6. CHAPTER THREE In Quest of Authenticity
    (pp. 50-82)

    The New Radicalism thus represents an evolution of MB radicalism in response to changing circumstances in the Arab world of the 1950s and 1960s with the input of a few ideas coming from the Muslim-Indian frontier of Islam, as interpreted by Qutb, Hawwa, Yakan, Dannawi (of Tripoli, Lebanon), and others.

    The imperative of the new situation has been succinctly put by Yakan: “The demise of parliamentary life and the all-out adhesion of the military dictatorship to secularism enjoins upon the Islamic movement to work out a new strategy which will enable it to operate, develop, and cope with these challenges.”¹...

  7. CHAPTER FOUR The Sunni Revolution
    (pp. 83-129)

    Return to politics is, in fact, the radical panacea. Islam has been banned from politics by the forces of modernity, spearheaded by the military regimes, and helped by the age-old pusillanimity of the ulama and the indifference of the modernists (preoccupied as they were by cultural and social questions). Islam should thus return to the political arena. Yet how is this panacea to be put into practice?

    No single answer is provided to this question. The New Radicals are not a monolith, even when one concentrates, as we do here, on a number of core countries in the Middle East....

  8. CHAPTER FIVE The Conservative Periphery
    (pp. 130-152)

    By its very nature a counter-society requires a certain periphery, a sort of indeterminate area around it, which enables it to maintain ties with society as a whole and serves as a channel for recruiting sympathizers, and ultimately adherents, with varying degrees of commitment. Students of Communist parties, the quintessential counter-societies, thus endeavored to delineate the “outer circles” made of the readers of the Communist party press, trade-union members, Communist party voters. Unlike the cadres and party members of the “inner circles”—they too with varying degrees of commitment—the periphery inhabitants do not let the Faith (in that case,...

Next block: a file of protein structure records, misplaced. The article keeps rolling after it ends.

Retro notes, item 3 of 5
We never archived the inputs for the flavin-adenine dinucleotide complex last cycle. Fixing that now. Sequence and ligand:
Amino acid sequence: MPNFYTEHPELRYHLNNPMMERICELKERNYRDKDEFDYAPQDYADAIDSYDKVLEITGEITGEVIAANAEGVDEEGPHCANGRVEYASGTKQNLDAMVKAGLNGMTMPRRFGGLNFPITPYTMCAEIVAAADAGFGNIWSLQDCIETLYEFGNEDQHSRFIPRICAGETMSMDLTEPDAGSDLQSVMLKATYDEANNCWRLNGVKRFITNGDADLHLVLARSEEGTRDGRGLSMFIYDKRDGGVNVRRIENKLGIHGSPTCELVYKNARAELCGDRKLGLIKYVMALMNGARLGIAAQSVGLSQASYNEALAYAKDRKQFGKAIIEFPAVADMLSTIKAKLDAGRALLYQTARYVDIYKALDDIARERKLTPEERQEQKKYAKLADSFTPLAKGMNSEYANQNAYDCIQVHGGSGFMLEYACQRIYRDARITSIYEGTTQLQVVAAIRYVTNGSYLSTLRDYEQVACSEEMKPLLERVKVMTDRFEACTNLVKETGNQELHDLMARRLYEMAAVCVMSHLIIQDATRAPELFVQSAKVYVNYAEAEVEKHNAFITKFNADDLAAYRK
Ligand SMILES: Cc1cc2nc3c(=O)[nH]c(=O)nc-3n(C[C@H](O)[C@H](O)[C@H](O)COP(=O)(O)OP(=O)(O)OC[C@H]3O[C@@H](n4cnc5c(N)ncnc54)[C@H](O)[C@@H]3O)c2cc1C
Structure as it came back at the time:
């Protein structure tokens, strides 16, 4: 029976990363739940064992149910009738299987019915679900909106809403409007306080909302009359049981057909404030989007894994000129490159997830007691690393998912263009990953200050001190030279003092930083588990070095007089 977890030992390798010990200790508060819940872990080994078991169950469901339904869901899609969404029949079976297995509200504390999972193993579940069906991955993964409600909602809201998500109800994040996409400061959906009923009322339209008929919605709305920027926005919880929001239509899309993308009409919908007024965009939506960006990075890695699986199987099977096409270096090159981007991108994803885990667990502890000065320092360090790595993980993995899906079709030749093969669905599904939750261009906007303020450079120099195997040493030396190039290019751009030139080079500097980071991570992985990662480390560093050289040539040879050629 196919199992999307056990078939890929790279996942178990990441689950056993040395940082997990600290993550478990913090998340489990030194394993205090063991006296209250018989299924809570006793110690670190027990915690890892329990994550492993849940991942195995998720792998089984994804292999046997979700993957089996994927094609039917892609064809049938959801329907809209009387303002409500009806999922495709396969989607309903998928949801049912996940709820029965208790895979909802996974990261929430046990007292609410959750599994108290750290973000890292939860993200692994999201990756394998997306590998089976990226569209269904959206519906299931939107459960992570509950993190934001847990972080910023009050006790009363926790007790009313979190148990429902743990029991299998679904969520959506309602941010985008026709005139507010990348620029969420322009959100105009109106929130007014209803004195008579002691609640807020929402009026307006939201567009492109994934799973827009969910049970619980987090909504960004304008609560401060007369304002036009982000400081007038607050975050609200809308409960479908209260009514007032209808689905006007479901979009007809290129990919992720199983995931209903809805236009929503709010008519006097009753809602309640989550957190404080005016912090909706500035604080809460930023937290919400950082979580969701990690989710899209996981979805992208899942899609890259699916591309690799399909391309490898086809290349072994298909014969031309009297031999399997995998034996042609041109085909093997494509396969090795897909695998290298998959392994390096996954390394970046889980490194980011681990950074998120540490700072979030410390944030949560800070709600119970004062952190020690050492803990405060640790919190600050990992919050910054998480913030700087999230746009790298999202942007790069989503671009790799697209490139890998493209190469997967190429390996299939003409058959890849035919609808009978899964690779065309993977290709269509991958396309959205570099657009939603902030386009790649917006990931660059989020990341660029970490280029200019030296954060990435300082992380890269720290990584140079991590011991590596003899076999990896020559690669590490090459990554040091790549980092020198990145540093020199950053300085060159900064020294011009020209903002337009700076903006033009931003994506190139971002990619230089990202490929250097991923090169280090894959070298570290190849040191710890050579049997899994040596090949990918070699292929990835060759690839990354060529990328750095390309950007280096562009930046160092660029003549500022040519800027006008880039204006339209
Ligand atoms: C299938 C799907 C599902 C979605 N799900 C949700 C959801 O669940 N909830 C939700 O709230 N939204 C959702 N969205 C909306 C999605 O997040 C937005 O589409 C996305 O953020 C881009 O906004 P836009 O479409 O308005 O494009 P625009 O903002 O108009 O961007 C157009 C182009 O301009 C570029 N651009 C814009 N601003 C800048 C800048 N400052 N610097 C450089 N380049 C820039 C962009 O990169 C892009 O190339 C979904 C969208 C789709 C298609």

9. CHAPTER SIX Assessment by the Left
    (pp. 153-180)

    All through the preceding chapters, one could watch how the radicals operate as social commentators, adding insights to our understanding of the Middle East. They certainly sharpen our perceptions of the watershed mark in Middle Eastern history set by the establishment of their major enemy, the military nation-state. They help us to understand the decline and fall of Pan-Arabism, the “revolution of rising expectations” in the 1970s, the role of the electronic media. The constraints under which social scientists conduct research in the Middle East make their contribution all the more precious, especially as on some issues (for example, the...

  10. CHAPTER SEVEN In the Shadow of Khomeini
    (pp. 181-208)

    One may have remarked that little was said in the preceding six chapters about the impact of the 1979 Iranian Revolution. That is because Sunni radicalism, the subject of this book, was almost fully developed long before the Shi’ite ayatollahs’ rise to power. Its evolution was entirely autonomous, endogenous to the specific conditions of major Arab countries, and occurred as a response of the faithful of the Sunna, guided by the tenets of their age-old outlook. One can detect no Iranian Shi’ite influence on Sunni radicalism in the quarter-century between the appearance of Sayyid Qutb’s ideas in the 1950s and...

  11. Notes
    (pp. 209-232)
  12. Index
    (pp. 233-238)